As Colombia’s tourism star continues to rise, tripling its number of foreign tourists from 2006 to 2018, so too does the risk of overtourism in its most popular destinations. True Colombia Travel (TCT), a locally owned tour operator offering custom cultural, culinary and environmental tours aims to help travelers lessen the strain by discovering the hidden treasures within this still-emerging destination.
“Second city travel”—the trend of traveling to lesser-known cities—is skyrocketing. As Booking.com reports, more than half of global travelers want to help reduce overtourism and would choose a lesser-known, similar alternative to more popular options if it reduced their environmental impact.
Here are True Colombia Travel’s top picks for Colombia’s 2020 lesser-known spots to see:
Swap Caribbean Vibes for Pacific Wildlife
If you think everyone’s visiting Cartagena, you’re right: This preserved colonial city receives over a million visitors a year; noise complaints from the city’s plethora of night clubs are common; and nearby coral reefs have been devastated by beach developments and litter.
For an adventurous beach vacation, look to the country’s other coast—the Pacific—which remains among Colombia’s most undeveloped areas. On True Colombia Travel’s four-day experience, stay at the environmentally passionate El Almejal Lodge for a crash course in sustainable tourism. Hike through abundant rainforests, learning about the region’s unique flora while keeping your eyes peeled for jaguars, black-headed spider monkeys and brown-throated sloths. Watch for olive ridley sea turtles while snorkeling in Utría National Park and spot breaching humpbacks off the coast, who arrive from Antarctica between July and November to mate and give birth to their young.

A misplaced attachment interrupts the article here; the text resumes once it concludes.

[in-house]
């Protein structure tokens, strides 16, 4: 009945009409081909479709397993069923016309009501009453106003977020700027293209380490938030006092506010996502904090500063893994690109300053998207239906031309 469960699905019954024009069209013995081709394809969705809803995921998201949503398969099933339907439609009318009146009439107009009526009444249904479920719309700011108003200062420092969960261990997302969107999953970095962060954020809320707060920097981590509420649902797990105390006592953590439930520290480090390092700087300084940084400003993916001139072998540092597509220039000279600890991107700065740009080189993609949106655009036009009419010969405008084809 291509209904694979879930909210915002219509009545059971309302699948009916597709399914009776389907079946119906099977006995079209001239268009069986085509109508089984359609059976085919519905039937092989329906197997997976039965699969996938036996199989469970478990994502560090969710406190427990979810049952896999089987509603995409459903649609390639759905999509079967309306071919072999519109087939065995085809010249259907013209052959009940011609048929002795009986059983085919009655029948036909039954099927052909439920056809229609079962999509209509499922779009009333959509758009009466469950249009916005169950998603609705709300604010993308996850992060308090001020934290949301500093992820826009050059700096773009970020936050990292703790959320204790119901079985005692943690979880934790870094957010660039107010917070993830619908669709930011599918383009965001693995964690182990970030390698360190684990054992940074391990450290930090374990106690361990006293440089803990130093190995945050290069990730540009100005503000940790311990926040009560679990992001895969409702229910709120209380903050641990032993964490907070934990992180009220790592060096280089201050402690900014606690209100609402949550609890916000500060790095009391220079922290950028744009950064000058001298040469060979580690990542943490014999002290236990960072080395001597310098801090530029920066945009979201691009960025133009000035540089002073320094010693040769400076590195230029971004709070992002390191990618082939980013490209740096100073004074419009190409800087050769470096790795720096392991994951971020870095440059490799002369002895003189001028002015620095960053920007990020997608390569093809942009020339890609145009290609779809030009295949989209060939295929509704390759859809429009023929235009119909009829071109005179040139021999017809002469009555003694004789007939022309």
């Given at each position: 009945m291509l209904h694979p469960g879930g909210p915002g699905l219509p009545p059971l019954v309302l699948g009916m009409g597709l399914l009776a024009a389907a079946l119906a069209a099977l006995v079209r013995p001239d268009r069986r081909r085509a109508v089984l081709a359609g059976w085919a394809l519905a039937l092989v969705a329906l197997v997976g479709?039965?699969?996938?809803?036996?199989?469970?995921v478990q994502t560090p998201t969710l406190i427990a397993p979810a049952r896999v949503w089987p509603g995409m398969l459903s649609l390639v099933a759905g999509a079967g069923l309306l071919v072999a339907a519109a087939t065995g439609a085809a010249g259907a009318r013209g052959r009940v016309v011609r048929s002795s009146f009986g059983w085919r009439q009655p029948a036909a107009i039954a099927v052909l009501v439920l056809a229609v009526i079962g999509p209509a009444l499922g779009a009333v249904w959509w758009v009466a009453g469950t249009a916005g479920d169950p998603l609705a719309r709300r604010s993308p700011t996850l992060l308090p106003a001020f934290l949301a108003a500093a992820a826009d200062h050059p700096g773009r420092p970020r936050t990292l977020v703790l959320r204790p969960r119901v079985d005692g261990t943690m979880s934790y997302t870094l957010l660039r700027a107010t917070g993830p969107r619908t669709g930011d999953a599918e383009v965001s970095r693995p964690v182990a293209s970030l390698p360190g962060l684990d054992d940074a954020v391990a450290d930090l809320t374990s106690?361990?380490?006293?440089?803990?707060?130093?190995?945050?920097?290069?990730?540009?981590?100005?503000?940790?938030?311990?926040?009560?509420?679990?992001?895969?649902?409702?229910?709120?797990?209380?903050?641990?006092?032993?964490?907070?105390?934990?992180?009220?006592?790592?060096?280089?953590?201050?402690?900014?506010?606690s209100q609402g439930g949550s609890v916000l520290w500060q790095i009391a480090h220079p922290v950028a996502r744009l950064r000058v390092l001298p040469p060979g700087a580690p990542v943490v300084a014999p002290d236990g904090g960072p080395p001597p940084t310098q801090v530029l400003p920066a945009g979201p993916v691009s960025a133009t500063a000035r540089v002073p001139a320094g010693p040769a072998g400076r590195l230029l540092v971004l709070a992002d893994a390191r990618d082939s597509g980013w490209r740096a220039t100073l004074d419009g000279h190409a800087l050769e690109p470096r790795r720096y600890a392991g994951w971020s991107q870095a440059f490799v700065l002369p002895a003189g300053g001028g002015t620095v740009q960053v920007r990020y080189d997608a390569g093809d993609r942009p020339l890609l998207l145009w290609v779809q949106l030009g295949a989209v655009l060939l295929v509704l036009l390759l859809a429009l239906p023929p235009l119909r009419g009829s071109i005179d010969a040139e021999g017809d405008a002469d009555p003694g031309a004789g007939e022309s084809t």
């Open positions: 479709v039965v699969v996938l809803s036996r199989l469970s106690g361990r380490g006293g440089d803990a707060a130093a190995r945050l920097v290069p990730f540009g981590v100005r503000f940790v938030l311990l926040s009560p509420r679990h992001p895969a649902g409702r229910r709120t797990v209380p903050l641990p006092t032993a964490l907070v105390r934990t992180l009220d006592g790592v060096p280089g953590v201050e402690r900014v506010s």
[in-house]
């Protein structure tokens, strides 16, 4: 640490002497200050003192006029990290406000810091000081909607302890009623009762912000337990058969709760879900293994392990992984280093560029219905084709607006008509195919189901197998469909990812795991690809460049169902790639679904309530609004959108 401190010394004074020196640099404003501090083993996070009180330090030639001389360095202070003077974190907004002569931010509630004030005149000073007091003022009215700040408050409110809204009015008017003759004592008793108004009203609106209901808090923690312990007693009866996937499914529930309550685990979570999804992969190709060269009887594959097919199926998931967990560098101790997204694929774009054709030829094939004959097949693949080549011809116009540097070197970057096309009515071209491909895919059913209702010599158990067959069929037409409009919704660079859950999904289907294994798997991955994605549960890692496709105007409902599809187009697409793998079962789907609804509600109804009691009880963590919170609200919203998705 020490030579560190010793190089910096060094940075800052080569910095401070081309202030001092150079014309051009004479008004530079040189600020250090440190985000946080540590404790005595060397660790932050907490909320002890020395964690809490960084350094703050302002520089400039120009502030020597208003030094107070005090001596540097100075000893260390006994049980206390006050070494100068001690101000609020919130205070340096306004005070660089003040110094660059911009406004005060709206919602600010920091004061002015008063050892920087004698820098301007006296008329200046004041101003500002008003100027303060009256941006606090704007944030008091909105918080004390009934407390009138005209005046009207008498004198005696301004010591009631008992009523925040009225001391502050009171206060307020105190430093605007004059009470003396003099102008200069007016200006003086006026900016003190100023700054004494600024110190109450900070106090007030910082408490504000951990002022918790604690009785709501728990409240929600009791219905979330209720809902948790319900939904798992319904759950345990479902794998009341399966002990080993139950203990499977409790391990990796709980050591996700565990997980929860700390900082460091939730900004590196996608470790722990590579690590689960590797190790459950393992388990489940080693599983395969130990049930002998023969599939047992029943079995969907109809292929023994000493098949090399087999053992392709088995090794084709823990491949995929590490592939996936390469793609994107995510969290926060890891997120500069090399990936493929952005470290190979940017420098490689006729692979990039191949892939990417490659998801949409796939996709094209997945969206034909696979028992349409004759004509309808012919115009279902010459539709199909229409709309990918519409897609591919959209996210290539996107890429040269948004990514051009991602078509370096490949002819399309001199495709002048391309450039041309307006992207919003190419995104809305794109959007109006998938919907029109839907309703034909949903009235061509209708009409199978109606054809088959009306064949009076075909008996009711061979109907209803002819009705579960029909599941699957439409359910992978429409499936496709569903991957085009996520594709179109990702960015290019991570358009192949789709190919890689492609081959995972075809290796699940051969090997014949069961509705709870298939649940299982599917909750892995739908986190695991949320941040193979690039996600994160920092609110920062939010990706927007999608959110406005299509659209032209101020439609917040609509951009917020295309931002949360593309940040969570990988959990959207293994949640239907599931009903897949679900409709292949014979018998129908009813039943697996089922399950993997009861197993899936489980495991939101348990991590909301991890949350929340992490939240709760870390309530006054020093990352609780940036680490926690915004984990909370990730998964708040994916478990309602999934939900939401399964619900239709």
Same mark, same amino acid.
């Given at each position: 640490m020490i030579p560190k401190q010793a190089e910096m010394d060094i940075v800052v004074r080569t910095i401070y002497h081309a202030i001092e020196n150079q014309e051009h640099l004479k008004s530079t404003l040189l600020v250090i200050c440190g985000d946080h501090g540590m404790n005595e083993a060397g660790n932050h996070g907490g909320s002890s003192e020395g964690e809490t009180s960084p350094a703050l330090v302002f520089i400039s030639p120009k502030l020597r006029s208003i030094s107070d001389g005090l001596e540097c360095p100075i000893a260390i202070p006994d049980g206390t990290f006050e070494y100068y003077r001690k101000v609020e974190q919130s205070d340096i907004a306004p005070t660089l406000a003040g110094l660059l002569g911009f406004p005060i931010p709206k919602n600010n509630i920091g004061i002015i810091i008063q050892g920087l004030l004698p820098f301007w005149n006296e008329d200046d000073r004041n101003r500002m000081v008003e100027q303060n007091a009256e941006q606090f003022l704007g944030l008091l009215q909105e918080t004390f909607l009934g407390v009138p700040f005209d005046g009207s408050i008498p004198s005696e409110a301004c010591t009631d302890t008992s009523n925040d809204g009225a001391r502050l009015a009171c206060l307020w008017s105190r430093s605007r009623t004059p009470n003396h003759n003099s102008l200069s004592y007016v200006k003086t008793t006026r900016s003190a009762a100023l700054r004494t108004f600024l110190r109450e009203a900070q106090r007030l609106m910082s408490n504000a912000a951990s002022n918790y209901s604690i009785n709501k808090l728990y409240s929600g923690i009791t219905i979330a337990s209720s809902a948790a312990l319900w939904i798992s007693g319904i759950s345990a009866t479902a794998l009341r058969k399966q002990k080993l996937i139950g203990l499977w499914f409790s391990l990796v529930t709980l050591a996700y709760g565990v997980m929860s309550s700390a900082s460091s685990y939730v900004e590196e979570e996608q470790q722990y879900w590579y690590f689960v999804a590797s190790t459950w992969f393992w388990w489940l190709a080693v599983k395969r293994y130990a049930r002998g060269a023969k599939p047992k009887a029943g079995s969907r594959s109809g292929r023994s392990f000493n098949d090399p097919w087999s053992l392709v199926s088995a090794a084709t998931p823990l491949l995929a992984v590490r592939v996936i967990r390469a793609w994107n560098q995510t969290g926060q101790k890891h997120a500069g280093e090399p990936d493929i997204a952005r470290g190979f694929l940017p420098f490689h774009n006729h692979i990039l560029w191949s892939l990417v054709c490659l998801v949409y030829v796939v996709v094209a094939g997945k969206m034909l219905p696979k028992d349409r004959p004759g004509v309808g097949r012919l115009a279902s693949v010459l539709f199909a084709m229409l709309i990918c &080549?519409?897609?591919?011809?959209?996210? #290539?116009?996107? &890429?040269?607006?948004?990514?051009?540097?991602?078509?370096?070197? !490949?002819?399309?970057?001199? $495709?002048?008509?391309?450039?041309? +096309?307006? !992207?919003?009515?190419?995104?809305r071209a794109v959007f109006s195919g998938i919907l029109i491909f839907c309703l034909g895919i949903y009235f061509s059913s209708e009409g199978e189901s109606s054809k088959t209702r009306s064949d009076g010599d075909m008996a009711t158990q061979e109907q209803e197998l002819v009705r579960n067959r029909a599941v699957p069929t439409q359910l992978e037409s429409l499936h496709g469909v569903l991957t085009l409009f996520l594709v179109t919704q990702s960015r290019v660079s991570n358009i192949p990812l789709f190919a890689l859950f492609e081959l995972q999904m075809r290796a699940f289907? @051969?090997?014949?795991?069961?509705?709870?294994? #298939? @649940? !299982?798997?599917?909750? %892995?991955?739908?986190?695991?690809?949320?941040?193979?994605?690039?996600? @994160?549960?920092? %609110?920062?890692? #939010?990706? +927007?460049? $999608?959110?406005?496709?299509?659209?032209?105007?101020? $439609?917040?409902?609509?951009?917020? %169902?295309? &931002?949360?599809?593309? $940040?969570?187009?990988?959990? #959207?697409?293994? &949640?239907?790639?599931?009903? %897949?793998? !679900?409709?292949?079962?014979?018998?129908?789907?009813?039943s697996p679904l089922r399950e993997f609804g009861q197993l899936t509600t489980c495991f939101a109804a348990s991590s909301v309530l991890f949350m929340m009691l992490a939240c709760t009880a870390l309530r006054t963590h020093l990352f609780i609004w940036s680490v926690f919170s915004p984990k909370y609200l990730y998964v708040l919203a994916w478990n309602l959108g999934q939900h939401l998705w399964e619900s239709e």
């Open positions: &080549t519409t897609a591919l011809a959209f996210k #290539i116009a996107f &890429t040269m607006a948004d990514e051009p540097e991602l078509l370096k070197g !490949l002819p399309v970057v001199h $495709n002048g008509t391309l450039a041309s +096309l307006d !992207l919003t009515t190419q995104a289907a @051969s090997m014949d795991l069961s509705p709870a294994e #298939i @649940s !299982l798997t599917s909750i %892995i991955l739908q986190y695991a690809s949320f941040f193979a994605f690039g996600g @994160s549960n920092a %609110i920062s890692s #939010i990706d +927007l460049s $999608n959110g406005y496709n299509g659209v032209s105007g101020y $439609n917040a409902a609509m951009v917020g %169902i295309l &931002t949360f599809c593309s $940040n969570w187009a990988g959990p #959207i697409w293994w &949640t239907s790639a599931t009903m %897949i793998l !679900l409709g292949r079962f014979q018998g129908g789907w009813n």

Skip the Strained Caño Cristales for a Cacao-Fueled Jungle Trek
The Caño Cristales, a river known as the “melted rainbow” for its vibrant, multicolored hue, became such a popular, Instagrammable tourist site after the 2016 Peace Accord that just a year later, access to the area was restricted from visitor traffic to give the overloaded ecosystem a break.
Instead of adding your name to its waitlist, seek out another recently opened natural experience: The jungles around Puerto Berrio in Antioquia (near Medellín), one of Colombia’s most diverse wildlife regions. On this three-day adventure in previously off-limit lands, hike through the lush jungles to spot manatees in fresh-water rivers while watching for jaguars, cougars and a host of endemic bird species. Later, visit a local cacao farm to see how the bean is cultivated and turned into chocolate.
Avoid the Bogota Crowds to Party with Pasto’s Locals
Bogota may seem effortlessly cool with its bike tours, chic cafés and mountainous climate, but the influx of international visitors in recent years has landed it on a list of “dawning developers” —cities with a tourism sector growing faster than the infrastructure to hold it up.
In 2020, lessen the strain by visiting a place typically unknown to outsiders: Pasto, one of Colombia’s oldest cities, famous to Colombians for its Carnaval de Blancos y Negros. The largest annual festival in southern Colombia, this celebration is a UNESCO Intangible Cultural Heritage event. On this custom-designed adventure, learn about the artistic process and construction of the giant carrozas (festival floats) firsthand from parade participants; visit Las Lajas Sanctuary, a basilica church built into the canyon of the Guáitara River; experience artisanal works at neighborhood galleries; and enjoy local favorites such as empanadas and cuy (guinea pig).